Wednesday, April 23, 2014
The Associated Press
NEW YORK — Gasoline prices have never been higher this time of the year.
In this Feb. 16 photo, a customer fills up at an Irving Oil gas station, in Berlin, Vt. Gasoline prices have never been higher at this time of year. (AP Photo/Toby Talbot)
At $3.53 a gallon, prices are already up 25 cents since Jan. 1. And experts say they could reach a record $4.25 a gallon by late April.
"You're going to see a lot more staycations this year," says Michael Lynch, president of Strategic Energy & Economic Research. "When the price gets anywhere near $4, you really see people react."
Already, W. Howard Coudle, a retired machinist from Crestwood, Mo., has seen his monthly gasoline bill rise to $80 from about $60 in December. The closest service station is selling regular for $3.39 per gallon, the highest he's ever seen.
"I guess we're going to have to drive less, consolidate all our errands into one trip," Coudle says. "It's just oppressive."
The surge in gas prices follows an increase in the price of oil.
Oil around the world is priced differently. Brent crude from the North Sea is a proxy for the foreign oil that's imported by U.S. refineries and turned into gasoline and other fuels. Its price has risen 11 percent so far this year, to around $119 a barrel, because of tensions with Iran, a cold snap in Europe and rising demand from developing nations. West Texas Intermediate, used to price oil produced in the U.S., is up 4 percent to around $103 a barrel. That's 19 percent higher than a year earlier.
Higher gas prices could hurt consumer spending and curtail the recent improvement in the U.S. economy.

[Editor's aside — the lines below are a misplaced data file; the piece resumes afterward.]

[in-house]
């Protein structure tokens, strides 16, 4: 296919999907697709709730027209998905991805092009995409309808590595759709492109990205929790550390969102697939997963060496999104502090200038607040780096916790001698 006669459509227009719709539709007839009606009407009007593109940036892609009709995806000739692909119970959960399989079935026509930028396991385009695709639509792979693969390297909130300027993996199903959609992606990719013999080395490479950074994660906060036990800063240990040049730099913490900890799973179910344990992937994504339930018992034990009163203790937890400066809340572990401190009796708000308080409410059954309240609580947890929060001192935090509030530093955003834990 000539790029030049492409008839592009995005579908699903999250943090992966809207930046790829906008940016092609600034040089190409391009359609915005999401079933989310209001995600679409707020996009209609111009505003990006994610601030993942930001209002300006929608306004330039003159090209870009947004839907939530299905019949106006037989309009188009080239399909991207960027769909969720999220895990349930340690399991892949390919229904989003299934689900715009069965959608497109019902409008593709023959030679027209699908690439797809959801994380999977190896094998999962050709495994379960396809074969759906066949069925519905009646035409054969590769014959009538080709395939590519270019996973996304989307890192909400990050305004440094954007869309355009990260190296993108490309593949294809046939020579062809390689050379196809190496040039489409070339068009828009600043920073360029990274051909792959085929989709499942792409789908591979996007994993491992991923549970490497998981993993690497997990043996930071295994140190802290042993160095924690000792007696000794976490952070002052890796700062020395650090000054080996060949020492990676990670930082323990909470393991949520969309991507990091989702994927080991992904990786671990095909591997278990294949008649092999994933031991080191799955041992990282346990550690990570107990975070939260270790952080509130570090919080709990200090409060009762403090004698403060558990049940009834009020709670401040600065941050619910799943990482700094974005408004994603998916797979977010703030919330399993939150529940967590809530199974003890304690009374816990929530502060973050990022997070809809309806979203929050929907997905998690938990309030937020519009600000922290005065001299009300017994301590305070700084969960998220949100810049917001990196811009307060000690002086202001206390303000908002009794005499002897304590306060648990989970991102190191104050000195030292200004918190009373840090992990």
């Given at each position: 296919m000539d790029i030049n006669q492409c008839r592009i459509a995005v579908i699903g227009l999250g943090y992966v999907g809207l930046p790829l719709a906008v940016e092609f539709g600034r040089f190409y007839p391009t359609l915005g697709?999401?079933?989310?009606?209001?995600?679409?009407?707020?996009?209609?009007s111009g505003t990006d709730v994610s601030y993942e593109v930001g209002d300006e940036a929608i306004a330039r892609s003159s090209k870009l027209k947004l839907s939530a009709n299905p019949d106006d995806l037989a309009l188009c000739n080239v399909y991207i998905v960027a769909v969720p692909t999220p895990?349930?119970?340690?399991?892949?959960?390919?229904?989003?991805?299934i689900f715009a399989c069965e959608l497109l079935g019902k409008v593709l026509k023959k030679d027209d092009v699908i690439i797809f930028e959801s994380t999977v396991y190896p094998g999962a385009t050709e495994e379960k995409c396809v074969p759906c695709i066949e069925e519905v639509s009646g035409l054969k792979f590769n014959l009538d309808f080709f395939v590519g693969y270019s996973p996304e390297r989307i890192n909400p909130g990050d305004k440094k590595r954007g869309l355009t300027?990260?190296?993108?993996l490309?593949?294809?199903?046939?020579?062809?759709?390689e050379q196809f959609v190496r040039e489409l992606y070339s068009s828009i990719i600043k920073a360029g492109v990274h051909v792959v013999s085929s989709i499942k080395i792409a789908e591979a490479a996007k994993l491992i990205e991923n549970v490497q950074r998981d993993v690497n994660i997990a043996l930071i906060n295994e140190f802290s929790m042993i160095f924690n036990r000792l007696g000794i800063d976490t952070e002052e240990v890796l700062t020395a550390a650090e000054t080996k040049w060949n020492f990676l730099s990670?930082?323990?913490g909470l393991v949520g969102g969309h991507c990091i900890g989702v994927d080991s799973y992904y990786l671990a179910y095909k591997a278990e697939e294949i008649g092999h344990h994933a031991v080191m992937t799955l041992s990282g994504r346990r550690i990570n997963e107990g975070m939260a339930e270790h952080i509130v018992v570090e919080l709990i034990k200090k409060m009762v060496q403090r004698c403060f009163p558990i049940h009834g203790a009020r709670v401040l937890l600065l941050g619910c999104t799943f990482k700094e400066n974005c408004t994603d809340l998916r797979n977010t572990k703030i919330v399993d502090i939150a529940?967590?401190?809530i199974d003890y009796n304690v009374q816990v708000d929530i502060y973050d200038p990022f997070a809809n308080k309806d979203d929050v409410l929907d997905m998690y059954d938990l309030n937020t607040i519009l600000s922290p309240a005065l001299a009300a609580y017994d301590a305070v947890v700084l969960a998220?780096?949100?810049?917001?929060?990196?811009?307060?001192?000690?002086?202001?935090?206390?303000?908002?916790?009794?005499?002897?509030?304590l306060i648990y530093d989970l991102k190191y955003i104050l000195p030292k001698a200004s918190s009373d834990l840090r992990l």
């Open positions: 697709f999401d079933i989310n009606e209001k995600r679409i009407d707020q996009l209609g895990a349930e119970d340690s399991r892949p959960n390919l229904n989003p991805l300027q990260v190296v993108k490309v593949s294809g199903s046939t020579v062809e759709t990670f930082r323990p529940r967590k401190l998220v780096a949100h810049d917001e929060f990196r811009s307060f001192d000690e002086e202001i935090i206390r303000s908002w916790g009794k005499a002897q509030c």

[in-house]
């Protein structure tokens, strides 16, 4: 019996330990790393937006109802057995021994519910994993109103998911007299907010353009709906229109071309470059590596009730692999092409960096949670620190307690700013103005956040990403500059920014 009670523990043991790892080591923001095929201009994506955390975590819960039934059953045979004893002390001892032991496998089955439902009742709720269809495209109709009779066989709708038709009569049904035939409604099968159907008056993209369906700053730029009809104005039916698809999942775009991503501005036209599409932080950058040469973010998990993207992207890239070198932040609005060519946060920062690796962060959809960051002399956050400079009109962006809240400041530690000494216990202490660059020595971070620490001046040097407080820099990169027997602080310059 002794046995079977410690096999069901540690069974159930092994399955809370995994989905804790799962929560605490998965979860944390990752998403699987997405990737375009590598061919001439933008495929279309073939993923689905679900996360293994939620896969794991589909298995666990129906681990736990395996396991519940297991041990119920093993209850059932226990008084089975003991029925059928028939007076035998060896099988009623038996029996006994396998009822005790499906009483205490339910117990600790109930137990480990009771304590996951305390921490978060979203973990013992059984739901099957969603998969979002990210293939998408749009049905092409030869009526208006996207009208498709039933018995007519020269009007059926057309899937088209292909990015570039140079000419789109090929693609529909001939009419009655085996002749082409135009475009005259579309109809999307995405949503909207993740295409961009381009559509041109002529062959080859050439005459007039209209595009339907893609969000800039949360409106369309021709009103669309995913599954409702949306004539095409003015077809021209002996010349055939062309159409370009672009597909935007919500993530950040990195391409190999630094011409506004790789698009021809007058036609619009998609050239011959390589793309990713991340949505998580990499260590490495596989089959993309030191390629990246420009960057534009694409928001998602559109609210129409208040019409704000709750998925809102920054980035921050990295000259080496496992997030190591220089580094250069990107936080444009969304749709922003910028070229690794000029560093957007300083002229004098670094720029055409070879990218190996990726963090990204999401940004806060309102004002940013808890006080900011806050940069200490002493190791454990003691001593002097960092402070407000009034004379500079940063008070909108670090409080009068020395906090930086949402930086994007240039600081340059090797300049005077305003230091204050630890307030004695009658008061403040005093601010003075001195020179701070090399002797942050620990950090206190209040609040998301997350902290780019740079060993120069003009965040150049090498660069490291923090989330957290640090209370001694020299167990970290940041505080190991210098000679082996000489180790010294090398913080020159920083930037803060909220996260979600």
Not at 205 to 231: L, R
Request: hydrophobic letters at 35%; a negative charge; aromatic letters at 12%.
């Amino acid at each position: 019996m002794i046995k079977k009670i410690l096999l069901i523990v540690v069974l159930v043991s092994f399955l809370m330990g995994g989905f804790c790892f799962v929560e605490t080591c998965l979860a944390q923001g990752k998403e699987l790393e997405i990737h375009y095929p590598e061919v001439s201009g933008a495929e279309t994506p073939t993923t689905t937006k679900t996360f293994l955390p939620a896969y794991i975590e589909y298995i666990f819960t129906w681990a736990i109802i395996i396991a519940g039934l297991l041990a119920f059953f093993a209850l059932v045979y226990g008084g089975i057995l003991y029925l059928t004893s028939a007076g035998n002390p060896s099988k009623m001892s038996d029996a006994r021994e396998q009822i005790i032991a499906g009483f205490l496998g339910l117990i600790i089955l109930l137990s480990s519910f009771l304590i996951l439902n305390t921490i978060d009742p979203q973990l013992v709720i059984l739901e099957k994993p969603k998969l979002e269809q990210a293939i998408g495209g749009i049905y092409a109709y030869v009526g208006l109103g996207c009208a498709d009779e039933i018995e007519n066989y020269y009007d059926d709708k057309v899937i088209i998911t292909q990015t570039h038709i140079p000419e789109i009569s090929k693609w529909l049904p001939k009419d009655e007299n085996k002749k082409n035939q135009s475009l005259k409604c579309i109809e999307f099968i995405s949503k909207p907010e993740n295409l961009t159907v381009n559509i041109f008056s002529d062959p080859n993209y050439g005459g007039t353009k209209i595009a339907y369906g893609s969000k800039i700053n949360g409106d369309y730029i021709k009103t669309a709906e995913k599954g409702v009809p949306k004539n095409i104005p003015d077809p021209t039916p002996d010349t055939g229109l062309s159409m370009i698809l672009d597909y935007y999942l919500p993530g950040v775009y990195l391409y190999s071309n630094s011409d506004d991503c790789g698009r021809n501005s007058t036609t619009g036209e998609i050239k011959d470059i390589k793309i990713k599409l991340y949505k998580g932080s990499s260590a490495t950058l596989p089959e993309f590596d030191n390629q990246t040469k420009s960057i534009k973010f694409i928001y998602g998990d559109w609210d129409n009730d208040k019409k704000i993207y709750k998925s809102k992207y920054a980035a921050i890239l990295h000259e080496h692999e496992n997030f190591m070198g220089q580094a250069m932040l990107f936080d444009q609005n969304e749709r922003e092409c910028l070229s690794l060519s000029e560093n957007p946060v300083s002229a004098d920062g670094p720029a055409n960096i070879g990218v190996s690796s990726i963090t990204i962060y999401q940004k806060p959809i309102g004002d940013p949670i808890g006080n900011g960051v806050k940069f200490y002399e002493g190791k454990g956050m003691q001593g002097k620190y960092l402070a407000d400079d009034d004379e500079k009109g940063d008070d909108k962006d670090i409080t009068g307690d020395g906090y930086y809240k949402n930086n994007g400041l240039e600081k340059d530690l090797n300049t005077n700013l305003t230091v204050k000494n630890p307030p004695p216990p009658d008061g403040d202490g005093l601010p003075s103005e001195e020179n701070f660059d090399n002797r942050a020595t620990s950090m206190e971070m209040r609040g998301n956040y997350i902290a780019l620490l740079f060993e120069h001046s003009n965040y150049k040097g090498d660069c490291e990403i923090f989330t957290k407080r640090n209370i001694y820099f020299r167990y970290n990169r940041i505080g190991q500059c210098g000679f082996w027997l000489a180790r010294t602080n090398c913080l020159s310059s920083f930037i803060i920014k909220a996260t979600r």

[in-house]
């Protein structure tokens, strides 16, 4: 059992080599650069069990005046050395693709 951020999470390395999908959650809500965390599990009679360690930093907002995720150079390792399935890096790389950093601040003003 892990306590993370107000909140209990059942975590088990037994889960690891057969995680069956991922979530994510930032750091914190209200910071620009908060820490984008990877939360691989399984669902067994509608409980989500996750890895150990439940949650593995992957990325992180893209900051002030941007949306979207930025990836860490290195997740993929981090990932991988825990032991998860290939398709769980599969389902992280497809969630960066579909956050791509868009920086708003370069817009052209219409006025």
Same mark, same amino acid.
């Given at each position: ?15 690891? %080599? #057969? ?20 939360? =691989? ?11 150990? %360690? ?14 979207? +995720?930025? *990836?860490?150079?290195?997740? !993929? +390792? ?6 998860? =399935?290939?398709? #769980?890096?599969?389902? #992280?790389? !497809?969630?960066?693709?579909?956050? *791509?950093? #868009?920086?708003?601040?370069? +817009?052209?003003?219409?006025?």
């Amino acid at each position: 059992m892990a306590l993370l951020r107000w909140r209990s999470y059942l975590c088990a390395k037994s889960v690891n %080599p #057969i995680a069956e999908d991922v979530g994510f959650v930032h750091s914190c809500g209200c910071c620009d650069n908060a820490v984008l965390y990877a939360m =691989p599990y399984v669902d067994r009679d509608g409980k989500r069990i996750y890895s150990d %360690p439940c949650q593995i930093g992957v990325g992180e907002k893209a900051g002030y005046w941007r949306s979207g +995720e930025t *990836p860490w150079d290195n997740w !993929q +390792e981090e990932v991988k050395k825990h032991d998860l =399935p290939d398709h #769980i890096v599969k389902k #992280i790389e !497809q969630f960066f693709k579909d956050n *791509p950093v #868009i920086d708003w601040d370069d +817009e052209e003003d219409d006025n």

A 25-cent jump in gasoline prices, if sustained over a year, would cost the economy about $35 billion. That's only 0.2 percent of the total U.S. economy, but economists say it's a meaningful amount, especially at a time when growth is only so-so. The economy grew 2.8 percent in the fourth quarter, a rate considered modest following a recession.
High oil and gas prices now set the stage for even sharper increases at the pump because gas typically rises in March and April.
Every spring, refiners suspend operations to switch the type of gasoline they make. Supplies of wintertime gas are sold off before March, when refineries need to start making a new formula of gasoline that's required in the summer.
That can mean less supply for service stations, resulting in higher gas prices. And summertime gasoline is more expensive to make. The government mandates that it contain less butane and other cheap organic compounds because they contribute to the formation of ground-level ozone, a primary constituent in smog. That means more oil, a costlier component, is needed to produce each gallon.
The Oil Price Information Service predicts that gasoline could peak at $4.25 a gallon by the end of April. That would top the record of $4.11 in July 2008.
The national average for gasoline began the year at $3.28 a gallon. The average price for February so far is $3.49 a gallon. That's up from $3.17 a gallon last February, a record at the time. Back in 2007, before the recession hit, the average for February was $2.25 a gallon.
Prices are higher on the East and West Coasts, where gasoline has risen above $3.70 in Connecticut, New York, Washington D.C. and California. This isn't unusual — states on the coasts charge some of the nation's highest gas taxes.
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